Restaurants; Where shall we meet in Queen's Park by Simon O'Hagan

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When you meet someone like Rod Penk, you wonder how being made redundant ever got such a bad press. Eight years ago, Rod lost his job in the property business, and it was the catalyst for a dramatic career change. Today, at the age of 40, he's realised his ambition of turning himself into a chef, and four months ago he opened his first restaurant.

Penk's has become a much needed adornment to the somewhat unprepossessing main road that runs through Queen's Park, an area in west London that is at last on the up, gastronomically speaking. Like many locals, Rod could never quite understand why it lagged so far behind when its social profile and general feel was very comparable with that of, say, Crouch End, where there's a wide range of interesting eateries.

"It was obvious that the place was crying out for a good, simple, neighbourhood restaurant," said Rod, who learnt his trade under Rowley Leigh at Kensington Place. He was right. Typical Queen's Parkers are a middle-youth couple with small children who ran out of space in their Notting Hill flat and were delighted not to have to move very far to find a nice, affordable house (by Notting Hill standards anyway) with a lovely park nearby. But, with the exception of the pioneering Organic Cafe (see, page 8), their foodie aspirations were not being met.

Now, the arrival of Penk's has coincided with the opening, virtually opposite, of an Organic Cafe shop. The lively local wine bar, La Folie, has had a facelift, and rumours abound in Queen's Park of further restaurant and bar developments.

"We're not trying to be anything flash," said Rod. "We're quite small, and happy to stay that way for the moment." "Small" is certainly the word. If there were a prize for the narrowest restaurant frontage in London, then Penk's, a minute's walk from Queen's Park tube station, might just win it.

Once inside, you discover that there's a bit at the back of the restaurant that opens out to turn it into a stubby L-shape, and when Penk's is full, which increasingly it is, there are 39 covers for Rod and his two other chefs to cook for. The walls are painted in warm Mediterranean colours, with tables and chairs in polished dark wood. In the summer, Rod hopes to accommodate 20 people in a garden at the back.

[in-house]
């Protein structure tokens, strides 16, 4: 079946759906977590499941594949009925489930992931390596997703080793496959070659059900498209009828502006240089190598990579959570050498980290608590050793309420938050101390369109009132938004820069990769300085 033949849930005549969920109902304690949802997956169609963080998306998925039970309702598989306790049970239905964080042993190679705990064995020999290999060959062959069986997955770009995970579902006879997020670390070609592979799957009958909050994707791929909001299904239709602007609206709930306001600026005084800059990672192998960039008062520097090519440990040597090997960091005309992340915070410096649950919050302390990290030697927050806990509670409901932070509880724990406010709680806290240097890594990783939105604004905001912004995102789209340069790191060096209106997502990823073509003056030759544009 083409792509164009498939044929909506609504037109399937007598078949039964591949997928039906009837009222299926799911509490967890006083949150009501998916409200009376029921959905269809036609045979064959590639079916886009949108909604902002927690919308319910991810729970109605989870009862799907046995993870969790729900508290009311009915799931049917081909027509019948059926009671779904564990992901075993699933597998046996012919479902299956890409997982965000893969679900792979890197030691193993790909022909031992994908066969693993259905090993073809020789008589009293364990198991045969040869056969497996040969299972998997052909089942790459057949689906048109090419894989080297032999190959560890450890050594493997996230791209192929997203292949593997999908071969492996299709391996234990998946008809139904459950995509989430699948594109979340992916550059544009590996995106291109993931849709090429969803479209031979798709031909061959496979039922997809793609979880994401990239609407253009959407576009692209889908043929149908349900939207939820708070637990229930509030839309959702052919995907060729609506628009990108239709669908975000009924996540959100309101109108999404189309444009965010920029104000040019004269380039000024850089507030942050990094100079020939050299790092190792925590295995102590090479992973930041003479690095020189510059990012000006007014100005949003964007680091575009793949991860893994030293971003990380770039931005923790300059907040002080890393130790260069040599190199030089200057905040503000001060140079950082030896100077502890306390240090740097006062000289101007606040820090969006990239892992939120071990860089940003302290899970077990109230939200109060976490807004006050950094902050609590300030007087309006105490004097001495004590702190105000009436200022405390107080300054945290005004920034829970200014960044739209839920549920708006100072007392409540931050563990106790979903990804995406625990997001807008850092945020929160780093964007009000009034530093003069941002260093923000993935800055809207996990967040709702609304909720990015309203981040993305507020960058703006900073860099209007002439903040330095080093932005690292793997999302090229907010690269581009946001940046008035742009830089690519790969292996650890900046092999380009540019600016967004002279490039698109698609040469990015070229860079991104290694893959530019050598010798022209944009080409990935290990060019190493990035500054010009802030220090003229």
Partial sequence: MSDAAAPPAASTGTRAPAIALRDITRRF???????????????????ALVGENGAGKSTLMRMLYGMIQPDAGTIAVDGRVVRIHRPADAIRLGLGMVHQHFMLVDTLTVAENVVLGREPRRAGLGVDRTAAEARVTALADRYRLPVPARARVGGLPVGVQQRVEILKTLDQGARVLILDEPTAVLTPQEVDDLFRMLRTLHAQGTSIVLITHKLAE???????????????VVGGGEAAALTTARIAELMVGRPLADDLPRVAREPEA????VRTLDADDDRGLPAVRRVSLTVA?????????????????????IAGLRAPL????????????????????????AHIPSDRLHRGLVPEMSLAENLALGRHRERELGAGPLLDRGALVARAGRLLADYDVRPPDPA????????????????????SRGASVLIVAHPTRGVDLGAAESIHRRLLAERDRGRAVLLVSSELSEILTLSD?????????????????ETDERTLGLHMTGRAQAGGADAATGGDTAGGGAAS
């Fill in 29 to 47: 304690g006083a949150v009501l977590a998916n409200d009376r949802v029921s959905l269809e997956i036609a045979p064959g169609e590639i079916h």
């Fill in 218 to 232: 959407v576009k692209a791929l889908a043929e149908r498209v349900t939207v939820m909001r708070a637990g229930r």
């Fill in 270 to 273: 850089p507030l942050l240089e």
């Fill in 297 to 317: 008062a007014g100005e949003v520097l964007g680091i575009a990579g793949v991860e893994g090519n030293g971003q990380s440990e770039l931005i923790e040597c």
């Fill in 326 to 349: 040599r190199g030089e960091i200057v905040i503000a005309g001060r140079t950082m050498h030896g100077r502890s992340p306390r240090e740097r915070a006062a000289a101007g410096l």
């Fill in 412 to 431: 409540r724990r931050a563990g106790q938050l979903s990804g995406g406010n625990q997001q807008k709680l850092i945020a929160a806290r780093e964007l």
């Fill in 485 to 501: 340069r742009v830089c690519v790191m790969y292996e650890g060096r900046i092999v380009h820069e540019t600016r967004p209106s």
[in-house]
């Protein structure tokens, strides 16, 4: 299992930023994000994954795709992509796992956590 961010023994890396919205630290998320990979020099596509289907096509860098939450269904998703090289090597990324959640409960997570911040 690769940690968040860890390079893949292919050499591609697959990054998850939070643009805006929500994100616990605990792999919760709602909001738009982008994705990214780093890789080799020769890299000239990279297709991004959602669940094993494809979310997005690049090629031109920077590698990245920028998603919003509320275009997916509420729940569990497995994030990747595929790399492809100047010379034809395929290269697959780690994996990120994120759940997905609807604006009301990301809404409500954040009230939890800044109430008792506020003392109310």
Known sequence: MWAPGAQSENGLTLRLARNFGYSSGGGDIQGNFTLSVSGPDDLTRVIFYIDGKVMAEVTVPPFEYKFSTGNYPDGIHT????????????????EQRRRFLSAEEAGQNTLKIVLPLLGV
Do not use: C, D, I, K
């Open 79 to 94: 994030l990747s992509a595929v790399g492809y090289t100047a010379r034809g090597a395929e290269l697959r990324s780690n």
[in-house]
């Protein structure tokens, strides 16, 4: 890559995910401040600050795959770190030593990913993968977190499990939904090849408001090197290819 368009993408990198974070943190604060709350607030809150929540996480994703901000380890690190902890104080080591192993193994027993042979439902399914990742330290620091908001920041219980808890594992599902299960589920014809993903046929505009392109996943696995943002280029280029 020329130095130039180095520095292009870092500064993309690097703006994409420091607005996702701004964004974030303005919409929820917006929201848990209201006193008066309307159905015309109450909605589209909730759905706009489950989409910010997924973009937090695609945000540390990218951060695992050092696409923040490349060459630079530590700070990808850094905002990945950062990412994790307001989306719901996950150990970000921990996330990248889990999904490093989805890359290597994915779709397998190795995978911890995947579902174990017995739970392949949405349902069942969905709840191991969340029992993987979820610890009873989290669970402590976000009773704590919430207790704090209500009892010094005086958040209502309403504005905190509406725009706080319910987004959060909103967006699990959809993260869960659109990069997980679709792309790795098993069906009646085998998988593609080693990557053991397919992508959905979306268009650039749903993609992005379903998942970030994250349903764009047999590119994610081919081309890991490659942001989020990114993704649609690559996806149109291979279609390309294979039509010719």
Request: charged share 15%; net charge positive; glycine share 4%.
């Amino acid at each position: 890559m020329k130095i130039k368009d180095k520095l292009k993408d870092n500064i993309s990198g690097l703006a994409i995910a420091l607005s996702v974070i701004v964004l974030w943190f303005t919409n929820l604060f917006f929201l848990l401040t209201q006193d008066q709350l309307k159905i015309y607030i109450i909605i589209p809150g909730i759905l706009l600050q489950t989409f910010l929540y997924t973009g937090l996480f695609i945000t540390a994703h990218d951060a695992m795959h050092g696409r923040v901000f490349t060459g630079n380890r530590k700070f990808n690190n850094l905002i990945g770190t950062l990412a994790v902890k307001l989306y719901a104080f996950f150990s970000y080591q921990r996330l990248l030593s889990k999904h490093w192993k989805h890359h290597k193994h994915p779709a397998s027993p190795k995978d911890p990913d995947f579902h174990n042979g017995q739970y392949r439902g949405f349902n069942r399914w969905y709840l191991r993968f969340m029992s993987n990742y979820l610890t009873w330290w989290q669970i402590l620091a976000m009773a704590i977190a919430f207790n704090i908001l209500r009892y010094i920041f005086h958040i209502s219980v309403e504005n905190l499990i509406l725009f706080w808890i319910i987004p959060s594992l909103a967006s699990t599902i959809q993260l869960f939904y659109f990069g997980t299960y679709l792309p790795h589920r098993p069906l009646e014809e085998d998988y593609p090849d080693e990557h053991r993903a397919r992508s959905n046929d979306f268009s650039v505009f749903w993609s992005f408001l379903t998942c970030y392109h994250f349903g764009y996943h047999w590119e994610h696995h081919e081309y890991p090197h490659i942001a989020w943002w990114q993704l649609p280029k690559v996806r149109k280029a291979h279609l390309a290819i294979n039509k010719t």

I shan't attempt to put a label on the style of food, which is multi- influenced in the modern manner, but not wacky. I can tell you that it tastes very good. On the daily changing dinner menu, starters might be a garlic, thyme and parmesan souffle (pounds 4.55) or fresh tuna and anchovy fritters with tartare sauce (pounds 5.25). Baked fillet of sea bass with braised fennel (pounds 14.95) and roast duck breast with green peppercorn gravy and bubble and squeak (pounds 11.75) are among the main courses. For pudding you could choose pana cotta (pounds 4.25) or tarte tatin (pounds 4.45).

A short lunch menu has main courses for as little as pounds 5.95, with Sunday brunch similarly priced. "All our produce comes direct from Smithfield, Billingsgate and New Covent Garden markets," is the proud boast.

Penk's, which is open Tuesday to Sunday except Saturday lunchtime, is not licensed, and the opportunity to bring your own wine (pounds 2.50 corkage charge on the first bottle, pounds 1.50 thereafter) seems one reason for the restaurant's success.

"People have been raiding their cellars and bringing some real vintages," Rod said. He is applying for a licence, but plans to retain the BYO option. If you've brought white wine that you don't want opened straightaway, they'll keep it in the fridge.

Penk's, 79 Salusbury Road, London NW6 (0171-604 4484)

Serena Makesy is away


The Organic Cafe

25 Lonsdale Rd, London NW6 (0171-372 1232)

Still London's brand-leader among restaurants offering organic food. Opera nights on the first Wednesday of every month, with plans to introduce monthly jazz nights. An Organic Cafe shop specialising in prepared meals has just opened in nearby 54 Salusbury Road.

La Folie

53-55 Salusbury Road, London NW6 (0171-624 9153)

Queen's Park's version of an All Bar One is an attractive, pale-wood, buzzy hangout, recently refurbished.

Queen's Park Cafe

Inside the park, on Chevening Rd, London NW6 (0181-960 6946)

Le tout Queen's Park seems to gather here on sunny weekends, against a background hum of children, tennis players and those doing battle with the pitch-and-putt course. Snacks and light meals. Closed come dusk.

Paradise By Way of Kensal Green

19 Kilburn Lane, London W10 (0181-969 0098)

On the west side of Queen's Park, one of the more original gastropubs - now five years old - is worth a visit just for its array of oriental antiques. Jazz on Sunday nights.